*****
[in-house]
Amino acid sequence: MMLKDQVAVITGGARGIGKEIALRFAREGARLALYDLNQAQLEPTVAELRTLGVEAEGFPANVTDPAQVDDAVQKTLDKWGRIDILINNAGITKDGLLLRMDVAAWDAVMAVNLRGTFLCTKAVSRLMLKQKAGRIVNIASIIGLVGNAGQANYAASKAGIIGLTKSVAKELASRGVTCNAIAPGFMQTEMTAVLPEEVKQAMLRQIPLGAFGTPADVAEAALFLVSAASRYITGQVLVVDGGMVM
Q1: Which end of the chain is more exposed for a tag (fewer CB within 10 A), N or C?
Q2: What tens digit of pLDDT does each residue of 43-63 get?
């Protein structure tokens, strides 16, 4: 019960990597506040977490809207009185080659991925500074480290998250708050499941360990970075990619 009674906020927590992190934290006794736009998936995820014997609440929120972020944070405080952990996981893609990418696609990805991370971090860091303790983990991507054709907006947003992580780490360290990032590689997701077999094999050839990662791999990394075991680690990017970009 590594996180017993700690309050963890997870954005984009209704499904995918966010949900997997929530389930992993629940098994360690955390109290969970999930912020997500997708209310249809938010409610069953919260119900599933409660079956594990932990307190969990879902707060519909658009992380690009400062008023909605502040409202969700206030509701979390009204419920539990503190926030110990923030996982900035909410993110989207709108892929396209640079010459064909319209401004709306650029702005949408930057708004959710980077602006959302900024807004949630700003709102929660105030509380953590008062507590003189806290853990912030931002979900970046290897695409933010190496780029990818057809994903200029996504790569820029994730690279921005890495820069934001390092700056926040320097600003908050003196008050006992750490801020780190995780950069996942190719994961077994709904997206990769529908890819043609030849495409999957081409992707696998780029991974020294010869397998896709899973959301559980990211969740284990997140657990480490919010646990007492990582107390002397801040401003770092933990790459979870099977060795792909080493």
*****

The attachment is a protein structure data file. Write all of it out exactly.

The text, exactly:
[in-house]
Amino acid sequence: MMLKDQVAVITGGARGIGKEIALRFAREGARLALYDLNQAQLEPTVAELRTLGVEAEGFPANVTDPAQVDDAVQKTLDKWGRIDILINNAGITKDGLLLRMDVAAWDAVMAVNLRGTFLCTKAVSRLMLKQKAGRIVNIASIIGLVGNAGQANYAASKAGIIGLTKSVAKELASRGVTCNAIAPGFMQTEMTAVLPEEVKQAMLRQIPLGAFGTPADVAEAALFLVSAASRYITGQVLVVDGGMVM
Q1: Which end of the chain is more exposed for a tag (fewer CB within 10 A), N or C?
Q2: What tens digit of pLDDT does each residue of 43-63 get?
């Protein structure tokens, strides 16, 4: 019960990597506040977490809207009185080659991925500074480290998250708050499941360990970075990619 009674906020927590992190934290006794736009998936995820014997609440929120972020944070405080952990996981893609990418696609990805991370971090860091303790983990991507054709907006947003992580780490360290990032590689997701077999094999050839990662791999990394075991680690990017970009 590594996180017993700690309050963890997870954005984009209704499904995918966010949900997997929530389930992993629940098994360690955390109290969970999930912020997500997708209310249809938010409610069953919260119900599933409660079956594990932990307190969990879902707060519909658009992380690009400062008023909605502040409202969700206030509701979390009204419920539990503190926030110990923030996982900035909410993110989207709108892929396209640079010459064909319209401004709306650029702005949408930057708004959710980077602006959302900024807004949630700003709102929660105030509380953590008062507590003189806290853990912030931002979900970046290897695409933010190496780029990818057809994903200029996504790569820029994730690279921005890495820069934001390092700056926040320097600003908050003196008050006992750490801020780190995780950069996942190719994961077994709904997206990769529908890819043609030849495409999957081409992707696998780029991974020294010869397998896709899973959301559980990211969740284990997140657990480490919010646990007492990582107390002397801040401003770092933990790459979870099977060795792909080493």